Regional partners indicate a willingness to financially "squeeze" Iran. According to the Wall Street Journal, "A leading member of Saudi Arabia's royal family warned that Riyadh could seek to supplant Iran's oil exports if the country doesn't constrain its nuclear program, a move that could hobble Tehran's finances. In closed-door remarks earlier this month, Saudi Prince Turki al-Faisal also strongly implied that Riyadh would be forced to follow suit if Tehran pushed ahead to develop nuclear weapons and said Saudi Arabia is preparing to employ all of its economic, diplomatic and security assets to confront Tehran's regional ambitions. ‘Iran is very vulnerable in the oil sector, and it is there that more could be done to squeeze the current government,' Prince Turki, a former Saudi ambassador to the U.S. and U.K., told a private gathering of American and British servicemen at RAF Molesworth airbase outside London... U.S. officials on Tuesday said they hadn't been notified by Saudi Arabia of any changes in its production plans. But senor Obama administration officials have lobbied Riyadh over the past two years to explore ways to pressure Iran through the energy markets. The White House has specifically asked Saudi Arabia and the U.A.E. to guarantee China greater energy supplies in exchange for Beijing cutting off its energy investments in Iran... ‘It is in our interest that Iran does not develop a nuclear weapon, for their doing so would compel Saudi Arabia, whose foreign relations are now so fully measured and well assessed, to pursue policies that could lead to untold and possibly dramatic consequences,' Prince Turki said." [WSJ, 6/22/11]

Sanctions are important, but not an end unto themselves - they must be balanced against risks to oil prices, international unity. The Washington Times reports, "Israel's former army chief of staff said Wednesday [June 22] he believes international sanctions are the world's best hope for preventing Iran from acquiring nuclear weapons. Speaking at the Brookings Institution, where he is a visiting fellow, retired Lt. Gen. Gabi Ashkenazi described a renewed push on sanctions as Israel's ‘best course of action.' ‘I think it's less costly than all the other options if we are serious in saying that we are going to prevent them from having the bomb,' said Mr. Ashkenazi, who left his post in February after four years at the helm." Yet as the Atlantic Council's Iran Task Force, co-chaired by Senator Chuck Hagel and Ambassador Stuart Eizenstat explain, sanctions have a utility-and a limit. Author of the task force report Barbara Slavin explains, "Piling on yet more stringent and comprehensive penalties-seeking to embargo Iranian oil exports, for example-risks undermining the significant international cooperation the Obama administration has achieved without giving adequate time for the sanctions already imposed to work. ‘If you push too far, you risk undoing a lot of what they have been able to accomplish,' [Kimberly Elliott, a specialist on sanctions at the Center for Global Development] said. ‘If we go for a complete embargo, you're going to lose everything.' Such an embargo would add to pressures on an oil market already roiled by unrest in the Middle East, including reduced production by Libya. The higher the oil price goes, Elliott added, ‘the less likely that countries outside the U.S. will be willing to embrace any stronger sanctions particularly targeted at the energy sector.'" [Washington Times, 6/22/11. Barbara Slavin, Atlantic Council, 6/2/11]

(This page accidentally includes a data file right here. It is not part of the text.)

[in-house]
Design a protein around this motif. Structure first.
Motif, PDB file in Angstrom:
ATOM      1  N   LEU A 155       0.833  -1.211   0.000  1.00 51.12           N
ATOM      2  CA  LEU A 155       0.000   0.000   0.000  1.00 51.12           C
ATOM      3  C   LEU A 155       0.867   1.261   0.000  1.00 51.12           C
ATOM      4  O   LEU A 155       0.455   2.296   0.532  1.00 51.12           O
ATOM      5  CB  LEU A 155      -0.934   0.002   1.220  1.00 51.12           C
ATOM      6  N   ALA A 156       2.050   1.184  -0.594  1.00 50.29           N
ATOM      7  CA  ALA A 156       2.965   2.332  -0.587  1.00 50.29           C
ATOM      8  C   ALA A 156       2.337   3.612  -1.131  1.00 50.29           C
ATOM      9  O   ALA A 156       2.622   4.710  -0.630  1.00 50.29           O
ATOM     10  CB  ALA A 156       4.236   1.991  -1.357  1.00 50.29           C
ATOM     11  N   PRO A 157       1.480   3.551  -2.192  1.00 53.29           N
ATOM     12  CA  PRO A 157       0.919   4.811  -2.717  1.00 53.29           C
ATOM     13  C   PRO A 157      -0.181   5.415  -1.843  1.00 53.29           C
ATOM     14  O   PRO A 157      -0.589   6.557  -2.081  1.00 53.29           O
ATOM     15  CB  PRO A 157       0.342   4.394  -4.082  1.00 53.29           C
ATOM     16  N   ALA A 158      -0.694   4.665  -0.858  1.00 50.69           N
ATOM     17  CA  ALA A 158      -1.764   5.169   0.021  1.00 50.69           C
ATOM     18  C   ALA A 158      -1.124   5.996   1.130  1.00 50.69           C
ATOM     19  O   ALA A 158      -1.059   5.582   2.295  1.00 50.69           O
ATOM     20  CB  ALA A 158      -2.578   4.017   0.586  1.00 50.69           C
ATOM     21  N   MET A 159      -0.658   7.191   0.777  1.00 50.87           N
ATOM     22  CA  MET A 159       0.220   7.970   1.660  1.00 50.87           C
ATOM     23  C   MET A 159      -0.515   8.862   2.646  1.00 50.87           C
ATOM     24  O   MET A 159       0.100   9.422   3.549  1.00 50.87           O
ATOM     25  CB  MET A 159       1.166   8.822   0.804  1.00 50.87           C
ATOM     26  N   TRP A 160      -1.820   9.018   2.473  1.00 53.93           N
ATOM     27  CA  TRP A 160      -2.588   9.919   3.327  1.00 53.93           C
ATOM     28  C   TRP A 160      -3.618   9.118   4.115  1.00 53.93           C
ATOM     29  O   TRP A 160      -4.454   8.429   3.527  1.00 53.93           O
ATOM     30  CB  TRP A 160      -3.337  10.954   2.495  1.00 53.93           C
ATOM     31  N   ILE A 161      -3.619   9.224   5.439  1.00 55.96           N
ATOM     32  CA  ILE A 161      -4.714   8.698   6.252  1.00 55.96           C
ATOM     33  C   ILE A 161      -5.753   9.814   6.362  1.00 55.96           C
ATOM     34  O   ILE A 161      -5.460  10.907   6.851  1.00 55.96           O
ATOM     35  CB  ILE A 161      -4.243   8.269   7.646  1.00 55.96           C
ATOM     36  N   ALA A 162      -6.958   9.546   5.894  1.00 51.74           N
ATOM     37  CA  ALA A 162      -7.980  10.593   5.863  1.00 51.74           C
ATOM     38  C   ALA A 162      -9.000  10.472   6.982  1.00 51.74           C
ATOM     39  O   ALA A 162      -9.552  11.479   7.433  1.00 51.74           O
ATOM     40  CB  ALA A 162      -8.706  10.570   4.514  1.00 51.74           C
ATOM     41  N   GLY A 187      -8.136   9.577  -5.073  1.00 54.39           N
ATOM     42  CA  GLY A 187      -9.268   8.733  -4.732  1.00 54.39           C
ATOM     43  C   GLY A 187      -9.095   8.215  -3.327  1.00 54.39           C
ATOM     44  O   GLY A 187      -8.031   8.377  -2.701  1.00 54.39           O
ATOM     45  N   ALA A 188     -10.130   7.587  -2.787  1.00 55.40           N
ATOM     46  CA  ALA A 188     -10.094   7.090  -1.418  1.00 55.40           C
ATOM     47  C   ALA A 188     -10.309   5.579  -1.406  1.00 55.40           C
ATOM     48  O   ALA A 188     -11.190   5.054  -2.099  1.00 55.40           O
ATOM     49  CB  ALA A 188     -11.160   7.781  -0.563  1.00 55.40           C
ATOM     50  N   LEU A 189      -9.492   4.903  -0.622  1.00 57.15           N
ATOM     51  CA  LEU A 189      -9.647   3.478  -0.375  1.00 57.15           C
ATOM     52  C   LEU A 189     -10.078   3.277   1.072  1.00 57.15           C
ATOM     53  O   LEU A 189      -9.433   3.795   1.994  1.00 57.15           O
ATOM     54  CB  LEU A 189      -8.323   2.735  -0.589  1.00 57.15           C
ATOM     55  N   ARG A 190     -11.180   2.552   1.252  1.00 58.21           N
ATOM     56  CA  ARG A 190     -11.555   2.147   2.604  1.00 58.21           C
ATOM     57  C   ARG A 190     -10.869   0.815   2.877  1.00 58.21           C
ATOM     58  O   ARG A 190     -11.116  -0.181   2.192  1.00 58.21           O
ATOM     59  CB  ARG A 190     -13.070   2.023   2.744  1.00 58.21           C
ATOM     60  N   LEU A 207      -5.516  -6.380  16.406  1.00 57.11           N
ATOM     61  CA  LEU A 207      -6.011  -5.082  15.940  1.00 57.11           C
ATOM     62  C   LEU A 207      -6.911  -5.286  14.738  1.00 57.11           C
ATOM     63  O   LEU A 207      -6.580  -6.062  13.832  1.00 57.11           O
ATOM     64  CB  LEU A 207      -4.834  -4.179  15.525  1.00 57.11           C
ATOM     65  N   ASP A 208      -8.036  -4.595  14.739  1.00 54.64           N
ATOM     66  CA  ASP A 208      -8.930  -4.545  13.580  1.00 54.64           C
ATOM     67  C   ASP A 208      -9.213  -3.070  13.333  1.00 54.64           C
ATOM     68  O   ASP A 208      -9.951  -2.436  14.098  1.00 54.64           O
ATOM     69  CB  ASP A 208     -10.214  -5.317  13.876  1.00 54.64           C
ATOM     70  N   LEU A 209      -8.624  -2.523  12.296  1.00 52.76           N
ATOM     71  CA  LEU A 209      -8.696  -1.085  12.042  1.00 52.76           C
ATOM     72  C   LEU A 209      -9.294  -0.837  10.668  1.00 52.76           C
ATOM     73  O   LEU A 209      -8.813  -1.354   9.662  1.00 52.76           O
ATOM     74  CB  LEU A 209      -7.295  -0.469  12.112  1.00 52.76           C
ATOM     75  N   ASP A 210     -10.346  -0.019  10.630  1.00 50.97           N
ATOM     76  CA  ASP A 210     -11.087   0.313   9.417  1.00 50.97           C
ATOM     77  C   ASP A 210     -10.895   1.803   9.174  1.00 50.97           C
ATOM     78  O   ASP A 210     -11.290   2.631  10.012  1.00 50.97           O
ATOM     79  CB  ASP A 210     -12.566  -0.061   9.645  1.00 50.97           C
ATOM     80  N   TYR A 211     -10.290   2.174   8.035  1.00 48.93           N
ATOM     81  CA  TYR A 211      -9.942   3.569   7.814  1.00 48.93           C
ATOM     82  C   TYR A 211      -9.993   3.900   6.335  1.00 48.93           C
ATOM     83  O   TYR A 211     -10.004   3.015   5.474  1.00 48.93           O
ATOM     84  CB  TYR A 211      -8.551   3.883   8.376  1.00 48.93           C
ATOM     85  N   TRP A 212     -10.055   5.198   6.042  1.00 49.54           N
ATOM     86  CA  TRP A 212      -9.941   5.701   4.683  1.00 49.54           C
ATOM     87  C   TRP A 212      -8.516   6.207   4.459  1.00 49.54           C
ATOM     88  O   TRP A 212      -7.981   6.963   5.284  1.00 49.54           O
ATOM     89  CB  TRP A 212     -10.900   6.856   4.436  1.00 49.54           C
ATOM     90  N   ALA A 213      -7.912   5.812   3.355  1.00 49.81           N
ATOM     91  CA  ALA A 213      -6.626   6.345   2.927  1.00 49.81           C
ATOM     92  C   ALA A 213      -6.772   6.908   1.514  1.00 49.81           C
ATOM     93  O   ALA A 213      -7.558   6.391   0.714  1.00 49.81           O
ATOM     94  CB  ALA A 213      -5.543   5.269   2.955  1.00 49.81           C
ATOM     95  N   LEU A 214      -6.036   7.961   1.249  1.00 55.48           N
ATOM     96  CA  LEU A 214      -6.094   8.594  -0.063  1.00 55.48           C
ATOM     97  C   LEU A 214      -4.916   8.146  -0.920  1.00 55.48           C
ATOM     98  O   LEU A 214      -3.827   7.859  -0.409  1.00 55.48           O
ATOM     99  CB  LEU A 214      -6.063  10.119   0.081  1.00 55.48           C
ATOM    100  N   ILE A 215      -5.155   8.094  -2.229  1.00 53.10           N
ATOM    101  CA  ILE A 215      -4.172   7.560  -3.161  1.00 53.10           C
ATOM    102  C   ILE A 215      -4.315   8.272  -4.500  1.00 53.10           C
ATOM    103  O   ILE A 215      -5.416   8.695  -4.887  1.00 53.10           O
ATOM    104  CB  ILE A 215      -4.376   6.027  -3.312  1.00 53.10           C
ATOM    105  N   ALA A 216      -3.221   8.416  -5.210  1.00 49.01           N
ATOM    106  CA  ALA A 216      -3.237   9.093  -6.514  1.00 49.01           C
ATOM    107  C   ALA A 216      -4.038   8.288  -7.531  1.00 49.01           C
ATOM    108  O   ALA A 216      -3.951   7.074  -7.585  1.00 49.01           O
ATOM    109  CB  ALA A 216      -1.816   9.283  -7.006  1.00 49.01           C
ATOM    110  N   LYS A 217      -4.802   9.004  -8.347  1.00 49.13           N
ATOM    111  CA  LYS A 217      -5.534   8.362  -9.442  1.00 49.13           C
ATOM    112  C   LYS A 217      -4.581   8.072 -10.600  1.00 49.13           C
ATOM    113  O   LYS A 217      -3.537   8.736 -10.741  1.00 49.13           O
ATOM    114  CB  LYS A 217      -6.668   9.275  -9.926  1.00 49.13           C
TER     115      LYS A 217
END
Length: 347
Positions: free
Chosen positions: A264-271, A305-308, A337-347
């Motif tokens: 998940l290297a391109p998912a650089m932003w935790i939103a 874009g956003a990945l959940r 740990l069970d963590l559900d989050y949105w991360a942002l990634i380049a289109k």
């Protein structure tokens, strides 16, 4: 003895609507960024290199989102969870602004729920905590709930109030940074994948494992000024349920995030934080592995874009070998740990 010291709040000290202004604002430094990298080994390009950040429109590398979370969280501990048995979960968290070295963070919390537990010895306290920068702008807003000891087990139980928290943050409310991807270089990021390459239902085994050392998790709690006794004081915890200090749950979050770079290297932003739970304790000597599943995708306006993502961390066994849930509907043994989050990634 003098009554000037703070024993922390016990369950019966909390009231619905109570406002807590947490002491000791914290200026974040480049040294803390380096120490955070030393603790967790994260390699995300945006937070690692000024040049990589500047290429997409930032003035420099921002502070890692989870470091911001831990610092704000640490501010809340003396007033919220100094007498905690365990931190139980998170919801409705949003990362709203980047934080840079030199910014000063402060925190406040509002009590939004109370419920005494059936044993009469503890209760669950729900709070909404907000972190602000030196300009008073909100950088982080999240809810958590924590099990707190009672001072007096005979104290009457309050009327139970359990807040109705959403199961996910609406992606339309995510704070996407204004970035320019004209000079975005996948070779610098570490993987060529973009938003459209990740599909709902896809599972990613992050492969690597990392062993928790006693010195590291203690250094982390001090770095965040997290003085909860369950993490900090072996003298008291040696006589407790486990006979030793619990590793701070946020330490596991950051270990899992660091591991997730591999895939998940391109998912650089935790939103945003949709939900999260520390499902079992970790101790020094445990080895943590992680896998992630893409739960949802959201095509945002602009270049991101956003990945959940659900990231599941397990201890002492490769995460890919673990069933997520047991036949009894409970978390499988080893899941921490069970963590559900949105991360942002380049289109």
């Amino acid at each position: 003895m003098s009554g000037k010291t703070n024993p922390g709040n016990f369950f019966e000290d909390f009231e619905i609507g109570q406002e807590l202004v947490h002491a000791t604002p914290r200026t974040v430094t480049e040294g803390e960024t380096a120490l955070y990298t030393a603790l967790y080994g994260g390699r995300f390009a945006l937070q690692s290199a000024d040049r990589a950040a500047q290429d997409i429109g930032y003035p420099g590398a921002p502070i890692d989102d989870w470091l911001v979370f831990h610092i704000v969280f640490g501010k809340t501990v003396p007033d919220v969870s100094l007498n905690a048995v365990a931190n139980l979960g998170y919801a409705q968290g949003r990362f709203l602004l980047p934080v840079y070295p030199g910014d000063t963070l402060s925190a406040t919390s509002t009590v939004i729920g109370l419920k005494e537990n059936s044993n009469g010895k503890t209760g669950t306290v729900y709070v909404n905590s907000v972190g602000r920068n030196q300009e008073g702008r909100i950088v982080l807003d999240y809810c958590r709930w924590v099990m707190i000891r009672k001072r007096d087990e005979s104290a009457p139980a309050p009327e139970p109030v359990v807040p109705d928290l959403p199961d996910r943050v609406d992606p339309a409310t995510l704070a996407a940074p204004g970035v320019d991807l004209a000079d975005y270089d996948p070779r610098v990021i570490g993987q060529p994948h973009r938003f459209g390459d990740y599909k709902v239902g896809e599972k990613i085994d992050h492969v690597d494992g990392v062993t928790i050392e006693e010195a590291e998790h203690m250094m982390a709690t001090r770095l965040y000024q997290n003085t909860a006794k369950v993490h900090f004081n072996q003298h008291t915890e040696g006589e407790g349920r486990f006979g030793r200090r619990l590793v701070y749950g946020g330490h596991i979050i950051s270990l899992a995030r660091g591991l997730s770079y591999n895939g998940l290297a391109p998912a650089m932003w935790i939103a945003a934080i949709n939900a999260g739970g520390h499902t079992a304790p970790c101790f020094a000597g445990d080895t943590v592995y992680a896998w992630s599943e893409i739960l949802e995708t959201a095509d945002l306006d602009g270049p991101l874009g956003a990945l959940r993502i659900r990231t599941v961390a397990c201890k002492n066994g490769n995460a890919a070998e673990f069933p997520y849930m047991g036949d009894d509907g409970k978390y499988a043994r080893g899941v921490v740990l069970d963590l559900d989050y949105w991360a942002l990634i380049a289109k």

Diplomacy retains key role in maintaining international unity on Iran, even with dim prospects for short-term progress.  Senior Fellow at the Center for a New American Security Marc Lynch recently wrote, "The time does not look ripe to move directly toward a grand bargain encompassing all the major outstanding regional and political issues dividing Iran from the United States and its allies. Indeed, the prospects for a deal look dimmer than ever... This does not mean that diplomacy should be abandoned, however. Talks are, at a minimum, needed to maintain international consensus regarding the existing sanctions regime. More productively, they are needed to open lines of communication and to shape the bargaining space for larger-scale diplomacy when the time is right. Talks that take place in the near term should focus on small steps that build confidence, not on make-or-break gambits that are likely to fail. A new fuel-swap deal is one possibility, but is not an end unto itself. Such small steps can create the time and space to exchange ideas, build relationships with interlocutors who may be influential in future Iranian governments, and give the opportunity to test new ideas or incentives. Technical working groups should be established for private discussions to begin making progress on achievable goals, such as countering drug trafficking. Talks could also provide a way to supplement the pressure track by offering, conditionally, positive incentives to Iran to change its behavior. This would be a way to change the dynamic by offering an end-state that serves the interests of both sides, beyond the immediate nuclear issues at stake, while also reassuring regional partners." [Marc Lynch, 5/19/11]